Physical Model Study of the Effects of Wettability and Fractures on Gas Assisted Gravity Drainage (GAGD) Performance
Master of Science in Petroleum Engineering (MSPE)
The Gas-Assisted Gravity Drainage (GAGD) process was developed to take advantage of the natural segregation of injected gas from crude oil in the reservoir. It consists of placing a horizontal producer near the bottom of the reservoir and injecting gas using existing vertical wells. As the injected gas rises to the top to form a gas cap, oil and water drain down to the horizontal producer. Earlier experimental work using a physical model by Sharma had demonstrated the effectiveness of the GAGD process in improving the oil recovery when applied in water-wet porous media. The current research is an extension of that work and is focused on evaluating the effect of the wettability of the porous medium and the presence of a vertical fracture on the GAGD performance. The effect of the injection strategy (secondary and tertiary mode) on the oil recovery was also evaluated in the experiments. In the physical model experiments a Hele-Shaw type model was used (dimensions: 13 7/8” by 5/16” by 1”) along with glass beads and silica sand as the porous media. Silanization with an organosilane (dimethydichlorosilane) was used to alter the wettability of the glass beads from water-wet to oil-wet. The experiments showed a significant improvement of the oil recovery in the oil-wet experiments versus the water-wet runs, both in the secondary and the tertiary modes. The fracture simulation experiments have also shown an increase in the effectiveness of the GAGD process.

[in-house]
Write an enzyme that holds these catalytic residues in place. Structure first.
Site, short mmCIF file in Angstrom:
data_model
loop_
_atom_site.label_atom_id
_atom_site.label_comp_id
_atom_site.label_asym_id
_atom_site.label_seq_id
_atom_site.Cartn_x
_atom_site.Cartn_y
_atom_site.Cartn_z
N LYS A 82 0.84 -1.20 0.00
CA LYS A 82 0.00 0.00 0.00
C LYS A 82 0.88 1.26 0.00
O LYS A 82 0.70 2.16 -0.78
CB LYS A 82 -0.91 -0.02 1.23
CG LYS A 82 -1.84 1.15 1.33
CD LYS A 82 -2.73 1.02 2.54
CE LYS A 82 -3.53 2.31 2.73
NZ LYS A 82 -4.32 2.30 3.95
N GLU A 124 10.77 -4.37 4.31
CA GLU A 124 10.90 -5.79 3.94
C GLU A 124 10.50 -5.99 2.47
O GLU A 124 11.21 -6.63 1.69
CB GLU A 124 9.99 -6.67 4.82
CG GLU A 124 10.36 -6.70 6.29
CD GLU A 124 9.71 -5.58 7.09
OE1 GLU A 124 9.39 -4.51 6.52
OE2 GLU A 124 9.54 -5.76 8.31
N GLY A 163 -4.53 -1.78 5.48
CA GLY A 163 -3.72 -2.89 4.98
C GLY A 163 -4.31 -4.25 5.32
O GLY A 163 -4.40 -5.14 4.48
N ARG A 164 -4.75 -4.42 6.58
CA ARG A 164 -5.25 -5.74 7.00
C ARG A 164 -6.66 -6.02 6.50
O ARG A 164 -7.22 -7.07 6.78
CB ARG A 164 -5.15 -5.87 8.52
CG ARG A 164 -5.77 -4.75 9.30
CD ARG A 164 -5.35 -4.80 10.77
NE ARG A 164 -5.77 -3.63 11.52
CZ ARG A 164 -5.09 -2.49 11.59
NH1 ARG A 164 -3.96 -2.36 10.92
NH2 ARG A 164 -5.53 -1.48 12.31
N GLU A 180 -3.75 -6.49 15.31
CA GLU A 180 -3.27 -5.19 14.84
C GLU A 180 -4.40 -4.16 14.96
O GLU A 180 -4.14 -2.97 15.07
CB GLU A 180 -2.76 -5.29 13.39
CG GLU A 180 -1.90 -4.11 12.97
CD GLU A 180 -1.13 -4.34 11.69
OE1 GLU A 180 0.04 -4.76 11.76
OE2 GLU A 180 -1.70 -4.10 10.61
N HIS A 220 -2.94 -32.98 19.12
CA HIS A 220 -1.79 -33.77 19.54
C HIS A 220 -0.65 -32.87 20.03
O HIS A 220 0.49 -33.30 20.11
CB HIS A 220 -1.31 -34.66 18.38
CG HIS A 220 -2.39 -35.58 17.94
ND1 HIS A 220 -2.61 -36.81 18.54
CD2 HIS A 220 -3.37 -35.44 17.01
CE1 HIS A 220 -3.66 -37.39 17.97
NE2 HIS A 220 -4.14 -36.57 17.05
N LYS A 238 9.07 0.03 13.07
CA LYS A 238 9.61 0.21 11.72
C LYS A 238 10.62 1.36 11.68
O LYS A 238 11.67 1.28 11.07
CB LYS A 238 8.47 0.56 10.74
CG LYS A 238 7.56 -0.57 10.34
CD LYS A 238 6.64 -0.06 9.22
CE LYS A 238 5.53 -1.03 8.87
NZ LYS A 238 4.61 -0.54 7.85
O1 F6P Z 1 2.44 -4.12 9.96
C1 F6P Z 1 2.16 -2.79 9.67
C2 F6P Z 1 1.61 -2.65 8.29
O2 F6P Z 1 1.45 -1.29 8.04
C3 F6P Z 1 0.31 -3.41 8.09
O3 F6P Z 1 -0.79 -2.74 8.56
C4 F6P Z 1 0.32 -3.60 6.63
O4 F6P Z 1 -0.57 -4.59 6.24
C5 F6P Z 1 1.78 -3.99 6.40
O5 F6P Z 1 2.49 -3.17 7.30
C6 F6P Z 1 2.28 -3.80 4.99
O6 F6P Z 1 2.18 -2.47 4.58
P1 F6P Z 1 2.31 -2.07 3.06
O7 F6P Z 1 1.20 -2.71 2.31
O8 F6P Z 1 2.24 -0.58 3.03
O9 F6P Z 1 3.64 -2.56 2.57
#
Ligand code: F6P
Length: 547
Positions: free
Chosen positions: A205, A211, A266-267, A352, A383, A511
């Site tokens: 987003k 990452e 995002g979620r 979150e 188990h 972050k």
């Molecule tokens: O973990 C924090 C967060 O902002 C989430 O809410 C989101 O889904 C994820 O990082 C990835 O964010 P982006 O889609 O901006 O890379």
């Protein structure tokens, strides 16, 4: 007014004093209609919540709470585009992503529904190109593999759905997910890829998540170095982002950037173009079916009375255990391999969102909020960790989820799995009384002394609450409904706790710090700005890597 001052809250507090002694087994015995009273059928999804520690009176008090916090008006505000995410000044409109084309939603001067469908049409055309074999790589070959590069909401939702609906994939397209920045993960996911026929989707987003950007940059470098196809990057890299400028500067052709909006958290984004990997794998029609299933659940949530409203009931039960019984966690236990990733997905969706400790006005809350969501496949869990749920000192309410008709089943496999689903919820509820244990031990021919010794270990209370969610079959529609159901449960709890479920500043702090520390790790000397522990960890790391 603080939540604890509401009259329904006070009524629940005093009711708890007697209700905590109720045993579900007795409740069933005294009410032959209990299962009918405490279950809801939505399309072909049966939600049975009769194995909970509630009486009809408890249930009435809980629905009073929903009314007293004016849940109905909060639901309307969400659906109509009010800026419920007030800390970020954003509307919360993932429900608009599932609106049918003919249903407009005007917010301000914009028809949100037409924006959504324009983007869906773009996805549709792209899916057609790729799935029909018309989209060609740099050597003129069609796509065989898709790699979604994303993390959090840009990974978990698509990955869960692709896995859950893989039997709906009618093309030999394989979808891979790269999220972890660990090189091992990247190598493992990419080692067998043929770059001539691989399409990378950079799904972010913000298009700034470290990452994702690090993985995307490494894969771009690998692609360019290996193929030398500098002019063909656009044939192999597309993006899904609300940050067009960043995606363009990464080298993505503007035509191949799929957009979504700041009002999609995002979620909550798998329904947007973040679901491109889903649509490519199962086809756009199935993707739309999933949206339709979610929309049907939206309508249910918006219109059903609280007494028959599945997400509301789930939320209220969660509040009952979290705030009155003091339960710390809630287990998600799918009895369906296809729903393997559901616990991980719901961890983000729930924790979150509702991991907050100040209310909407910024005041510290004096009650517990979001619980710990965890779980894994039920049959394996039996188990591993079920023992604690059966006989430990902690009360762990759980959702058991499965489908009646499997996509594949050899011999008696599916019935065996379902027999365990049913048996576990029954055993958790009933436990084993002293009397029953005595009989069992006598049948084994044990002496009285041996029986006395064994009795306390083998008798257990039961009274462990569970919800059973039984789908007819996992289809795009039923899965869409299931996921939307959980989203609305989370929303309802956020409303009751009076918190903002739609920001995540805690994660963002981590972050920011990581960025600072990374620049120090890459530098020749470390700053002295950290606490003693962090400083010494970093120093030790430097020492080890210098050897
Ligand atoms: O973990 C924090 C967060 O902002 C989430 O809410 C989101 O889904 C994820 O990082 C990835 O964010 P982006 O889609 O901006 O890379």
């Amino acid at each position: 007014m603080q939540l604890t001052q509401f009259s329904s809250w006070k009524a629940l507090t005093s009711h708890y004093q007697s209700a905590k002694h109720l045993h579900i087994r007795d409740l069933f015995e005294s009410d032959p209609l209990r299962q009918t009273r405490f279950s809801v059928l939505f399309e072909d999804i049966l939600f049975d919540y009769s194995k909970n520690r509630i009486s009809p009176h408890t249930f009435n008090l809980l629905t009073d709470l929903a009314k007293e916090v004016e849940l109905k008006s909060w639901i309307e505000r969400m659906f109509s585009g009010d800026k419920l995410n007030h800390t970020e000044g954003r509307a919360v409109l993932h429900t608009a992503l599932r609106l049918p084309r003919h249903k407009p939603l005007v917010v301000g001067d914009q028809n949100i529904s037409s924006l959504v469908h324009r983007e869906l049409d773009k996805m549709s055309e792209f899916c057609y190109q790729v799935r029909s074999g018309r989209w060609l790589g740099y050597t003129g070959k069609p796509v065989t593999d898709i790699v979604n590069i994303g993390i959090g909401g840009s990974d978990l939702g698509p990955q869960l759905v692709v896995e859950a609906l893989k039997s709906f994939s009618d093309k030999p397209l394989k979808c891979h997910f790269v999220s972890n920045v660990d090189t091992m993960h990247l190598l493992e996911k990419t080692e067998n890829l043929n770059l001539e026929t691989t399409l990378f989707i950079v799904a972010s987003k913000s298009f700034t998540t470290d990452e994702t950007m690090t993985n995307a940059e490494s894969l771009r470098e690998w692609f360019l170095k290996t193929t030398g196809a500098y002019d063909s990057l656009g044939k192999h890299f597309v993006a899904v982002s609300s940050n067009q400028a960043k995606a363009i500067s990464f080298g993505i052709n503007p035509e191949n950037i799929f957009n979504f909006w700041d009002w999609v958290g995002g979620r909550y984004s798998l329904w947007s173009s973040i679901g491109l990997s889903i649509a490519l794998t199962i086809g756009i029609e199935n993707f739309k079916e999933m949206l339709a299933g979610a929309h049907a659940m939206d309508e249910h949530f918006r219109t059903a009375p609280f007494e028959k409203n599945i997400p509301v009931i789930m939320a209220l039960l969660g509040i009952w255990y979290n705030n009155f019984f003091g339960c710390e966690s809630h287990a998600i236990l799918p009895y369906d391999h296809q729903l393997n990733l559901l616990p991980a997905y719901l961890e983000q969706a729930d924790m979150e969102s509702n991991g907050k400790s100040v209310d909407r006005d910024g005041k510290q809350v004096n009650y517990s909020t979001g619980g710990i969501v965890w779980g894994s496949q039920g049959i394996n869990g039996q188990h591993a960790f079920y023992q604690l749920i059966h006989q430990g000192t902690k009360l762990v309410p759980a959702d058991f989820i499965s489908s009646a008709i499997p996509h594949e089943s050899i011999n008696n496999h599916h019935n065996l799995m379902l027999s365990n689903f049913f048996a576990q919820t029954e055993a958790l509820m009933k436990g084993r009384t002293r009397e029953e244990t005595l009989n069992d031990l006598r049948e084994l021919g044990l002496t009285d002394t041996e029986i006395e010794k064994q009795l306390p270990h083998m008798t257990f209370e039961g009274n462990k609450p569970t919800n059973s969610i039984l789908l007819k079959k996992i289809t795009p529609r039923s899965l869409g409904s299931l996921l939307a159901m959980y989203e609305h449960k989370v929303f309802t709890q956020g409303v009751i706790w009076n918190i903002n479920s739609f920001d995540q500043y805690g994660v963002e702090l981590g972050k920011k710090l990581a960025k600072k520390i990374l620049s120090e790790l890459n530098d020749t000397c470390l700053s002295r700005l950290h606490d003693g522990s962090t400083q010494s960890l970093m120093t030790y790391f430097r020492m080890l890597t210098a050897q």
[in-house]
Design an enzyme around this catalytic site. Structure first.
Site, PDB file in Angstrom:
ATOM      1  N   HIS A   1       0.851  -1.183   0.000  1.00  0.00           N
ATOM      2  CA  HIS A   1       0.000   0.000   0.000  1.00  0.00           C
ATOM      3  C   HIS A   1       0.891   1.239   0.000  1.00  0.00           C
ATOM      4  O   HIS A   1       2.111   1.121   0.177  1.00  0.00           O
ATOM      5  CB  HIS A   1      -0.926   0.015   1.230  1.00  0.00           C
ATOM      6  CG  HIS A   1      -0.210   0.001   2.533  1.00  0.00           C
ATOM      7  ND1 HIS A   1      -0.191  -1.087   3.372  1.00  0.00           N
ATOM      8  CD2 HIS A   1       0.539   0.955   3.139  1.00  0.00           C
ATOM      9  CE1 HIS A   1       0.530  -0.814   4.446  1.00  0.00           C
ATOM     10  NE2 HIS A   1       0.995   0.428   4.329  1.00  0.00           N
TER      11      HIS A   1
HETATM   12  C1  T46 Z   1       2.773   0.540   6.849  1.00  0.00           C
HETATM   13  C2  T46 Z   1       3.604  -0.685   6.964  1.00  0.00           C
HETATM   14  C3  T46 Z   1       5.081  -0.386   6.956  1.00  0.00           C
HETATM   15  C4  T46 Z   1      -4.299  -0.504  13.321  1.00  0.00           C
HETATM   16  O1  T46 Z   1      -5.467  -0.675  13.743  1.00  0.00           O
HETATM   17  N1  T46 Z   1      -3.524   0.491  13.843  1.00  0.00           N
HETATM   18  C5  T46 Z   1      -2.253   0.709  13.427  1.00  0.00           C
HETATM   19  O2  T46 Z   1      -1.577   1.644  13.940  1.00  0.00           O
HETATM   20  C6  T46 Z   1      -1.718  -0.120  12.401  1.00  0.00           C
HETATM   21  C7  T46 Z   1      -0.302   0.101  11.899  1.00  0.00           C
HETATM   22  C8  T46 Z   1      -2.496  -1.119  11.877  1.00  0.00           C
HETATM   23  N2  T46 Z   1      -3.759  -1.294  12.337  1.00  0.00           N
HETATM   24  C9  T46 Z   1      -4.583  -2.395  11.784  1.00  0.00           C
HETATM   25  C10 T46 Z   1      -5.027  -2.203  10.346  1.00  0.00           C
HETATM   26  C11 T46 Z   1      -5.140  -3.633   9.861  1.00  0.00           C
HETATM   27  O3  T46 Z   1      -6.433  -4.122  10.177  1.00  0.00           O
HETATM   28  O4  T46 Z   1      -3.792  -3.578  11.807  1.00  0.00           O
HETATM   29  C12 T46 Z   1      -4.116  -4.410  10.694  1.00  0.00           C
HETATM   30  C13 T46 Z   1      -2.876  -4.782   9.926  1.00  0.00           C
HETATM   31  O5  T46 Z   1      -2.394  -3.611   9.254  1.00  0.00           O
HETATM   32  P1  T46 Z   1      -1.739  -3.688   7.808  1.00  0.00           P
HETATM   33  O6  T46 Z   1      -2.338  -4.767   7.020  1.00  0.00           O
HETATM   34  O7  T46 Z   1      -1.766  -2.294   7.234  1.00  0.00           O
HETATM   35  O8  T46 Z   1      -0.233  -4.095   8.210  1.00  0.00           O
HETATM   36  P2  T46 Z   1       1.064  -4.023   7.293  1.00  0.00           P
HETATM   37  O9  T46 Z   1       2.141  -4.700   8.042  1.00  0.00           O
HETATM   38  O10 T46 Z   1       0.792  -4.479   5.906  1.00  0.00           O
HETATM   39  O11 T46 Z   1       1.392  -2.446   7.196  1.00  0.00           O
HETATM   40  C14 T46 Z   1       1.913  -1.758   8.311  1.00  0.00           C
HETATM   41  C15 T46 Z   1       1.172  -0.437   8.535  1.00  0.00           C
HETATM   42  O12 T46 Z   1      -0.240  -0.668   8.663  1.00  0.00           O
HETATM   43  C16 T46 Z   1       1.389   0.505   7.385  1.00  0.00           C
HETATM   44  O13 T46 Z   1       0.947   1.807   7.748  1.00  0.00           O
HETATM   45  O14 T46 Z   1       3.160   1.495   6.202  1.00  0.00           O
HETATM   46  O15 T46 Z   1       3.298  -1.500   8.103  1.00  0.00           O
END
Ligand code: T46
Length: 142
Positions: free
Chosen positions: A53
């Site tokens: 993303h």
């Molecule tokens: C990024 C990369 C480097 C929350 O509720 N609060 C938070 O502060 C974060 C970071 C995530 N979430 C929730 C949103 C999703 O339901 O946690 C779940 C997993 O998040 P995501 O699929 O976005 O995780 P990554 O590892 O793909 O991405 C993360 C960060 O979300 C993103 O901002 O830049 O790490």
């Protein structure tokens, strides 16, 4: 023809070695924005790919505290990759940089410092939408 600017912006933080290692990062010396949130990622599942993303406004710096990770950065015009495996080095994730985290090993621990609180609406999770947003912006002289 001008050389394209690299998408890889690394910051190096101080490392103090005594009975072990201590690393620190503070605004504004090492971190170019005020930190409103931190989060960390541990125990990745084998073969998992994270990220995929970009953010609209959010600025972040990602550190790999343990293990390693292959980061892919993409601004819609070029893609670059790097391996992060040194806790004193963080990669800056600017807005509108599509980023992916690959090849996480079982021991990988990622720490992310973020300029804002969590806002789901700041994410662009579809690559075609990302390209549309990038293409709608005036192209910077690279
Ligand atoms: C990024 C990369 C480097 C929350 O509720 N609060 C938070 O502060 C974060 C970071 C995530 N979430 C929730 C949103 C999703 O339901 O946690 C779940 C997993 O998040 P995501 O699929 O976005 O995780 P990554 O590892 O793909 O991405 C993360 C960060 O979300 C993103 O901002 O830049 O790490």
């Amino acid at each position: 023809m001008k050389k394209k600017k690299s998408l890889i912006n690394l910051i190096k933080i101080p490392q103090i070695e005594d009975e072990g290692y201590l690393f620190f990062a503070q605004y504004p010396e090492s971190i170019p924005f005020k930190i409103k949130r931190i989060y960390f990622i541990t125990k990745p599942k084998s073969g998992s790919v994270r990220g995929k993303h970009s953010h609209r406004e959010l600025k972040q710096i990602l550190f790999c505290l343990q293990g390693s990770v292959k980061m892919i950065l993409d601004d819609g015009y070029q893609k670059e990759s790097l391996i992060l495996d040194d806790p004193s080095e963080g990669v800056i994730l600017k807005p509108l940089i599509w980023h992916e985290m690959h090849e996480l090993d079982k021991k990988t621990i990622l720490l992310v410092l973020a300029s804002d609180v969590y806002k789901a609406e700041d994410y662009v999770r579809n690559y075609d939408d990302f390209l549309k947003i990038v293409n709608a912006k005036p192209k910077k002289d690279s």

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Paidin, Wagirin Ruiz, "Physical Model Study of the Effects of Wettability and Fractures on Gas Assisted Gravity Drainage (GAGD) Performance" (2006). LSU Master's Theses. 2218.
Dandina N. Rao